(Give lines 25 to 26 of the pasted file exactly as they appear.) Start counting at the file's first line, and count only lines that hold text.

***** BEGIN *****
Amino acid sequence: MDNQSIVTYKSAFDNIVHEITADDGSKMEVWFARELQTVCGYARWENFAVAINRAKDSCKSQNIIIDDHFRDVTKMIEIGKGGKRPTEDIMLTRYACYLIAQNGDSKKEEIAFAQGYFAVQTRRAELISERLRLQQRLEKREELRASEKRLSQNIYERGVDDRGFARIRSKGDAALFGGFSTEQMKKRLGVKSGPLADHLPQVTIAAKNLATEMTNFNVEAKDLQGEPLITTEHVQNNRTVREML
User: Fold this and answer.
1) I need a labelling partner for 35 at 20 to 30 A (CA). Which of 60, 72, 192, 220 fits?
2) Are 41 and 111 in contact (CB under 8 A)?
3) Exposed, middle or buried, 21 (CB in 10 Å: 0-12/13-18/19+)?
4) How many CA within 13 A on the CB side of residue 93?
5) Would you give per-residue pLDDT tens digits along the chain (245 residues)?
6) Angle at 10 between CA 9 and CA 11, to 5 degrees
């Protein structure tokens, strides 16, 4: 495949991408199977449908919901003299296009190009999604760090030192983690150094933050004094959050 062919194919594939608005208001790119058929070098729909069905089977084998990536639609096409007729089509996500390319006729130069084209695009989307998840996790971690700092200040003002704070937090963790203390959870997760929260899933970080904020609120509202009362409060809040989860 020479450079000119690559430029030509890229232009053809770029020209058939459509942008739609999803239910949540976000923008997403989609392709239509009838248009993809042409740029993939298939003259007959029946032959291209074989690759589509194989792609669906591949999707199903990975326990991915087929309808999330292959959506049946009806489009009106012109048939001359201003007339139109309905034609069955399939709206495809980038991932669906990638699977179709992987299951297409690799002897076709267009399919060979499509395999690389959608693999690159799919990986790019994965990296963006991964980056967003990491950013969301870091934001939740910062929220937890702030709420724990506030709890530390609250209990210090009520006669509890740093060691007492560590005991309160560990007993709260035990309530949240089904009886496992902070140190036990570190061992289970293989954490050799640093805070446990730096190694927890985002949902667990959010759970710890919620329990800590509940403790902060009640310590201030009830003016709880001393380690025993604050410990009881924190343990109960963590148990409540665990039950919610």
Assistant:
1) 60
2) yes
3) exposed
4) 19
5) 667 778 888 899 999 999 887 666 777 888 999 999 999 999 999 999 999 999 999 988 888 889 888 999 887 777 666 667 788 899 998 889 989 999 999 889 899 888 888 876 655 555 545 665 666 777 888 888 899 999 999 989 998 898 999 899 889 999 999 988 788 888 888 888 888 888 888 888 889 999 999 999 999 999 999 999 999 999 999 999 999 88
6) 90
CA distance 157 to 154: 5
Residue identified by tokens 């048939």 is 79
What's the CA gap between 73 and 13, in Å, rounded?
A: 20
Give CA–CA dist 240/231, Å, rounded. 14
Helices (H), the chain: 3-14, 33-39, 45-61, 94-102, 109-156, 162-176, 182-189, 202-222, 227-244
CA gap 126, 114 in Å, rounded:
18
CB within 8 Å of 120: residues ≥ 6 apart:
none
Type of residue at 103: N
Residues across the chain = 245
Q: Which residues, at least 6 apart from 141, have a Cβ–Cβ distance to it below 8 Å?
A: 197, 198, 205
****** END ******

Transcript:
CB within 8 Å of 120: residues ≥ 6 apart:
none